HOW TO WORK COLLABORATIVELY AS A YEAR BEFORE THE HSC, TOGETHER AS A COHORT
Stop thinking to yourself “I made these notes myself and others don’t deserve them.” No. Please. No. Those days are over. The trials are over. You no longer are competing with your grade. You can't do much about your internal marks anymore except to try to boost your grade's overall marks in order to improve everyone’s internal marks. That is, the higher the entire grade gets in the HSC, the higher every person’s internal marks will be.
Facebook/One Drive – Sharing Information
Using an online cloud or creating a Facebook group is a great way to share notes, documents and little tips about the HSC with your cohort. Don’t be afraid to share your own stuff first too, as others may be less willing to if no one has done it.
Tutoring/Helping Your Friends Can Help You Learn Better Too
By tutoring and trying to solve or explain problems to your friends, you are not only helping them but you are also unintentionally improving your own understanding of things because you are forced to explain them. So next time, don’t feel like you’re wasting your time if you are spending it all on helping others, because you are also strengthening your own understandings as well.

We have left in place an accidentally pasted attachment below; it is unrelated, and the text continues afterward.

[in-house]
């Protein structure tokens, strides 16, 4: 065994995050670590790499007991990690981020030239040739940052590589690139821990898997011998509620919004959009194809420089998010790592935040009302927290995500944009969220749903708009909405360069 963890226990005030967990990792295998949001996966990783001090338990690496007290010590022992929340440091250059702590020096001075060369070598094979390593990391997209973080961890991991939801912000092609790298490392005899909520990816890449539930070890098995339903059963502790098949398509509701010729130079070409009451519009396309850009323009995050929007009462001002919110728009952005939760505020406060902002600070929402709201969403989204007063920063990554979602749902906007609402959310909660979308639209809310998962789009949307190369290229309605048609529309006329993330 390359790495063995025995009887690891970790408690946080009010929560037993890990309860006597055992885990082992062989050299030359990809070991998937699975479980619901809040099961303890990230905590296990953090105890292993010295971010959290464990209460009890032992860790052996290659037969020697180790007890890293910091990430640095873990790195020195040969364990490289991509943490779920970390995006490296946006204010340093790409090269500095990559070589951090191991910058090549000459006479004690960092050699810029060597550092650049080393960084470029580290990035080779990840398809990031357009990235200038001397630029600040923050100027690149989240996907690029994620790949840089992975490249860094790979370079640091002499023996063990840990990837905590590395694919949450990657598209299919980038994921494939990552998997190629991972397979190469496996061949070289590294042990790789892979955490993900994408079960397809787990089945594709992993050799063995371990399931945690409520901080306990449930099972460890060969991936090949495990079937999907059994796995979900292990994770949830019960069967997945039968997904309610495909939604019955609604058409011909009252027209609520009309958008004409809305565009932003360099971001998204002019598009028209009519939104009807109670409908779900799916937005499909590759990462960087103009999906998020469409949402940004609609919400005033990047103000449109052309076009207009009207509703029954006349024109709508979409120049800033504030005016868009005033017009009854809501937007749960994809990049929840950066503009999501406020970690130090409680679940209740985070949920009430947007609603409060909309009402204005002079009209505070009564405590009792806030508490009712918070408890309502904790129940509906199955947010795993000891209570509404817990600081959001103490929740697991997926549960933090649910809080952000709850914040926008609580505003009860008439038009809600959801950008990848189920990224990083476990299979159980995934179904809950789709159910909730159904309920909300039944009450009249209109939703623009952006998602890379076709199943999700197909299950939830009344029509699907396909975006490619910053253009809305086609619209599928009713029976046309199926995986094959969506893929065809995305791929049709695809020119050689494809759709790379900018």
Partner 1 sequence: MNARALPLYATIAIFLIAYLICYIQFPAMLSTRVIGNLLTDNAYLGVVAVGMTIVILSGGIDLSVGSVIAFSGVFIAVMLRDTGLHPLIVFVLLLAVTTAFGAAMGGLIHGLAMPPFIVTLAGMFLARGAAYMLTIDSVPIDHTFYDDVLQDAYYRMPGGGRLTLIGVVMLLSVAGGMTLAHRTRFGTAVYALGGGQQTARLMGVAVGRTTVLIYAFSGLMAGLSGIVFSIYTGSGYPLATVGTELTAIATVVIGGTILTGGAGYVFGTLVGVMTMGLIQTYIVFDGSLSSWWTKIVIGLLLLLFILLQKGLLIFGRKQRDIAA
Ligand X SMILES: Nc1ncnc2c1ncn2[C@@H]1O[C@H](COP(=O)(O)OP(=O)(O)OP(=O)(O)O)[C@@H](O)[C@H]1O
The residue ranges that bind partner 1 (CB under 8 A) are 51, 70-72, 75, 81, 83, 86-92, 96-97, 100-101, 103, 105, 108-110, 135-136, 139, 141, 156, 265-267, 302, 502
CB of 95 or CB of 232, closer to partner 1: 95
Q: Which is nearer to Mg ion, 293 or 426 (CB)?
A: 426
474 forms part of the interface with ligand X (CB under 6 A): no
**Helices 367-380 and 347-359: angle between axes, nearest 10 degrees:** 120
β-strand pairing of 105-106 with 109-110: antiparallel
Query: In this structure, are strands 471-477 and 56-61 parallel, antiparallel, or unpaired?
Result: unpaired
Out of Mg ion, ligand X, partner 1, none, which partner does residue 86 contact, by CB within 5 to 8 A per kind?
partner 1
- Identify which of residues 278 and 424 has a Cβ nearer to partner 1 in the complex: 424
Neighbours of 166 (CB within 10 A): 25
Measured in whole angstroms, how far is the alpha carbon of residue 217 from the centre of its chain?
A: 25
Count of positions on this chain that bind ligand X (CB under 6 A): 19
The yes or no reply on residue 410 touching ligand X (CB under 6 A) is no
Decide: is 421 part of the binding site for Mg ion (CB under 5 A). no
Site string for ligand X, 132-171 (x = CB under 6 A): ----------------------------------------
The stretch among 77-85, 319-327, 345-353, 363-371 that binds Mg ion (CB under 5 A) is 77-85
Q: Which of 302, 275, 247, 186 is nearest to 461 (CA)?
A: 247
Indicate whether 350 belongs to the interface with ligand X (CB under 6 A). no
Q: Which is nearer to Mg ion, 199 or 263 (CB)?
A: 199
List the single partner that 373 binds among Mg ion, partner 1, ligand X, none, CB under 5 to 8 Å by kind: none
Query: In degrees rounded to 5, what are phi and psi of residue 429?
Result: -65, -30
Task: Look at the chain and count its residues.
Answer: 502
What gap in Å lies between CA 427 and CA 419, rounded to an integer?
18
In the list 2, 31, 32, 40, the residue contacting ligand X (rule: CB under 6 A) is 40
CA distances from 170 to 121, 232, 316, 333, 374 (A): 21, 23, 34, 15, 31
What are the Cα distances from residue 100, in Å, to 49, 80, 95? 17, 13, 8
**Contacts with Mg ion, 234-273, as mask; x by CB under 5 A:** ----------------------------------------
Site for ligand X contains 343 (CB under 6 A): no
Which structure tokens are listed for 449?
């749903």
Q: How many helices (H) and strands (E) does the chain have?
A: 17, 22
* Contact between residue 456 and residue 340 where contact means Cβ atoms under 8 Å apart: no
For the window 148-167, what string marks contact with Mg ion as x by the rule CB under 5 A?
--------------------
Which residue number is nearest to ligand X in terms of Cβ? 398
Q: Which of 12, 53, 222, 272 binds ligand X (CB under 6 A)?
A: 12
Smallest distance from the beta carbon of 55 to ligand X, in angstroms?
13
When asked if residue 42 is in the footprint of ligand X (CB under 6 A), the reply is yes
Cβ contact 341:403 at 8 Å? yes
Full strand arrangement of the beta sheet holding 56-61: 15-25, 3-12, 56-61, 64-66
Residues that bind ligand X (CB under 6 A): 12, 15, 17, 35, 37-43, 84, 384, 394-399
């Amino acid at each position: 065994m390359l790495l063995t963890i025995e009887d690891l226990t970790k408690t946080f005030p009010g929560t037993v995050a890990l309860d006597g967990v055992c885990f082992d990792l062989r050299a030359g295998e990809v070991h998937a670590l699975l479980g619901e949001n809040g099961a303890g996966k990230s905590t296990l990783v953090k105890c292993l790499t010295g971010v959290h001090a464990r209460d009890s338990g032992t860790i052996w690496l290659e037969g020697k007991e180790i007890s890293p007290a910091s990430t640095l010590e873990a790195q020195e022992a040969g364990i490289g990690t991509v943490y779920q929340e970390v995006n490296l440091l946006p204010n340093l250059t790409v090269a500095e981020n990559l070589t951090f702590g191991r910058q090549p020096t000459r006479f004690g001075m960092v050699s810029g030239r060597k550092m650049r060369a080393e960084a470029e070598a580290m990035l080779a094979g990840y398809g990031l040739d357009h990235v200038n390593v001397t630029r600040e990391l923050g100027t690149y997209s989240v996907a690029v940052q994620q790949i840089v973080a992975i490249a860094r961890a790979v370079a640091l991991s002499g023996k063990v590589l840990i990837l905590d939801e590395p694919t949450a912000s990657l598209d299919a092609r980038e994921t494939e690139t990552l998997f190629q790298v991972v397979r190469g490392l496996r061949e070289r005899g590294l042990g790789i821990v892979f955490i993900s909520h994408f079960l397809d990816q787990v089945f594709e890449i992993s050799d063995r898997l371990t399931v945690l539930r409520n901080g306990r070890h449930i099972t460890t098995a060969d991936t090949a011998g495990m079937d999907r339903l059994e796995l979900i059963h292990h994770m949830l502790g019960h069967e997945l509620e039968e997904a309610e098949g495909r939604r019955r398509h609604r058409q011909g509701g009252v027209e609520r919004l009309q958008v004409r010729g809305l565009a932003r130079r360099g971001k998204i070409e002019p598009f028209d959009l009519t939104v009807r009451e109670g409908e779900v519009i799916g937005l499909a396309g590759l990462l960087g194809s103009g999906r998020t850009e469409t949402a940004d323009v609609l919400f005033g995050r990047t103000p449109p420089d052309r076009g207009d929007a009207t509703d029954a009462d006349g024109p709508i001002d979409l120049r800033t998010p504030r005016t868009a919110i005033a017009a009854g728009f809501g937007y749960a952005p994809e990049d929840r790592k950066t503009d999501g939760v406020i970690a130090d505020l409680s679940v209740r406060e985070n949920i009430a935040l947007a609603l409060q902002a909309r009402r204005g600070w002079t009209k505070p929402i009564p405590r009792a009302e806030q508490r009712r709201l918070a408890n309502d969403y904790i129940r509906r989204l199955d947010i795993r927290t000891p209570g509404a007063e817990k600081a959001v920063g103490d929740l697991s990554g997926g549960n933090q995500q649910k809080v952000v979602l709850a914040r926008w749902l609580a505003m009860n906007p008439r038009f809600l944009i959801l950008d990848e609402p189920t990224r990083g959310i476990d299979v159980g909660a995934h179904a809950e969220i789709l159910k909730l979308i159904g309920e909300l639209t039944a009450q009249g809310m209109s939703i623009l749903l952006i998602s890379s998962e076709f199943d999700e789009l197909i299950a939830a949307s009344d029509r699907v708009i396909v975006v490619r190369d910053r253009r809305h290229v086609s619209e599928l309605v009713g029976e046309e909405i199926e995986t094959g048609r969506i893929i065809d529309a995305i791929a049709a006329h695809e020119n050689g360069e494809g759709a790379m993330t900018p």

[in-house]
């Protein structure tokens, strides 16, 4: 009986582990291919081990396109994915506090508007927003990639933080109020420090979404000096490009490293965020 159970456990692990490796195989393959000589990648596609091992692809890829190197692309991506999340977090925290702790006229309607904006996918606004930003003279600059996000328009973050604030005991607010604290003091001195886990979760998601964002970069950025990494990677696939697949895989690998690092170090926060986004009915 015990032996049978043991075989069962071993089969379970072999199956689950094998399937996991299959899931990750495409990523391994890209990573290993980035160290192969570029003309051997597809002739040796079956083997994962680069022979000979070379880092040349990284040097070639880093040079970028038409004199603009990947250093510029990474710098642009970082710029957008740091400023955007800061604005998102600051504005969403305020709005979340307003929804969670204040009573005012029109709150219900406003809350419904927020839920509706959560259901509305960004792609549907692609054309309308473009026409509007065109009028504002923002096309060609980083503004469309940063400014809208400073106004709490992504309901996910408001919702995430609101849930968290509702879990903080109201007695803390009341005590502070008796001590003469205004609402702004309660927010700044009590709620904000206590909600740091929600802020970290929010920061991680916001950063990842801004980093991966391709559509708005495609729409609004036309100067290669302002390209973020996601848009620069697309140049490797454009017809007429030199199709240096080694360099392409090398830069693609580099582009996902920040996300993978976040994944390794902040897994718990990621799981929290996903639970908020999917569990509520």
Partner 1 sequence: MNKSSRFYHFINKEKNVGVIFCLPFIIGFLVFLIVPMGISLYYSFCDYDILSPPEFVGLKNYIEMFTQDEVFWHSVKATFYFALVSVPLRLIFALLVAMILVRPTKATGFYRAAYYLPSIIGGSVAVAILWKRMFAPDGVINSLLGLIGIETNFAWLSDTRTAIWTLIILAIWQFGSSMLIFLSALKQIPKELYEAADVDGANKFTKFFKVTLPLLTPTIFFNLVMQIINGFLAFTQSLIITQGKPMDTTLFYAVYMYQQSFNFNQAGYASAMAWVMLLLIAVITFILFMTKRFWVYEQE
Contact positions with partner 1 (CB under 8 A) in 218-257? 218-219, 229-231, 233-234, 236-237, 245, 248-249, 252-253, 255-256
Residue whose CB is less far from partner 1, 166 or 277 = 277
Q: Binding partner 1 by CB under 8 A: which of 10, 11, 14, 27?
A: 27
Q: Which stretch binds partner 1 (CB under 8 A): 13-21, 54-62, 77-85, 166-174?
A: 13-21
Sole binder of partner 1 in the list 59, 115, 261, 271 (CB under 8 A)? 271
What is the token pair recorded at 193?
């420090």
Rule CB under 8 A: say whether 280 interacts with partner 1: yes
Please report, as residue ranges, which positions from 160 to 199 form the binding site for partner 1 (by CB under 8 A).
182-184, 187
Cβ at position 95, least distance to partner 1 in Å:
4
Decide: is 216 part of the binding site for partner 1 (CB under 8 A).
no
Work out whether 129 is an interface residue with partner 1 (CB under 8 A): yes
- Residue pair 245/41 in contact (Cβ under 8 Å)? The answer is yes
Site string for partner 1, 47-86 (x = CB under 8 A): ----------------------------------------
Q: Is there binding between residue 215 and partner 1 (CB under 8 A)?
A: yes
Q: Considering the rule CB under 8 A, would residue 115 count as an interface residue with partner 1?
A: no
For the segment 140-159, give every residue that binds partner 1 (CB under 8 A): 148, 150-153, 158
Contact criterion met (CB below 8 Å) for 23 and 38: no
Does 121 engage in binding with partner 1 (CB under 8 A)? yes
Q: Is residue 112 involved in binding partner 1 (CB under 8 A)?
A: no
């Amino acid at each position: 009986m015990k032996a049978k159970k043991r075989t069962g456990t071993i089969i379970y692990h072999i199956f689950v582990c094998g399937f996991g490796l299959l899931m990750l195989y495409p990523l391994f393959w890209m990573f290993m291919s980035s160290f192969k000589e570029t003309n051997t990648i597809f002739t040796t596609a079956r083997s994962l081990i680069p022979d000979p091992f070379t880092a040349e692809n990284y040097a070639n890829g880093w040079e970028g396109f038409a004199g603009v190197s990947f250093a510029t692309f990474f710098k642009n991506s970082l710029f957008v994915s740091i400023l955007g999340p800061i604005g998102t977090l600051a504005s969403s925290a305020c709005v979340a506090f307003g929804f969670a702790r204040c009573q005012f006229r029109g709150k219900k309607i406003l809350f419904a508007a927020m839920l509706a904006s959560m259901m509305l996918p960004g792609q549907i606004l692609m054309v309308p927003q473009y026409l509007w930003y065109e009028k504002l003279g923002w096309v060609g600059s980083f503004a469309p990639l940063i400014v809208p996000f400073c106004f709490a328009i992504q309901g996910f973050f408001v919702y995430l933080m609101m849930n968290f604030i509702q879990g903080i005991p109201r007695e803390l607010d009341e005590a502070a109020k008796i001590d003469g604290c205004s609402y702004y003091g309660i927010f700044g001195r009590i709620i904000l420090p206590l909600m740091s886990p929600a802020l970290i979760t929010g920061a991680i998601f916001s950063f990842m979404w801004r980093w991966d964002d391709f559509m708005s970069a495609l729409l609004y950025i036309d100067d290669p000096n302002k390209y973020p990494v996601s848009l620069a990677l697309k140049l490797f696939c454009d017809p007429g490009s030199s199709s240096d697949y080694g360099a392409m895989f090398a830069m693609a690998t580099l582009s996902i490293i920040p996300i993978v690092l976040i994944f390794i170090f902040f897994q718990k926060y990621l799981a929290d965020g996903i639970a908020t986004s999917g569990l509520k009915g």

Group Study Sessions
Studying together in groups can force you to be better motivated and pushed knowing your friends are studying at the same time. Your friends can help you clarify topics you don’t understand or tell you about things you may have missed in class.
Additionally, for topics such as maths, others may have great questions you have not seen before. Furthermore, many of your friends can work on one question at the same time and you’ll be able to learn and find a solution much faster than trying to solve it by yourself only.
You can also break up the work that has to be done as well when working as a group and save even more time. For example, one person in a group can look for past papers while another can look for additional notes instead. Thus, with the same amount of time, you’ll have much more information and helpful notes to work with compared to doing everything by yourself.
Studying in groups can however lead to procrastination and endless talking about something else, so it’s best to be serious about studying when your group meets up and to meet somewhere suitable as well (e.g. the library).
Jack Zheng | N° 54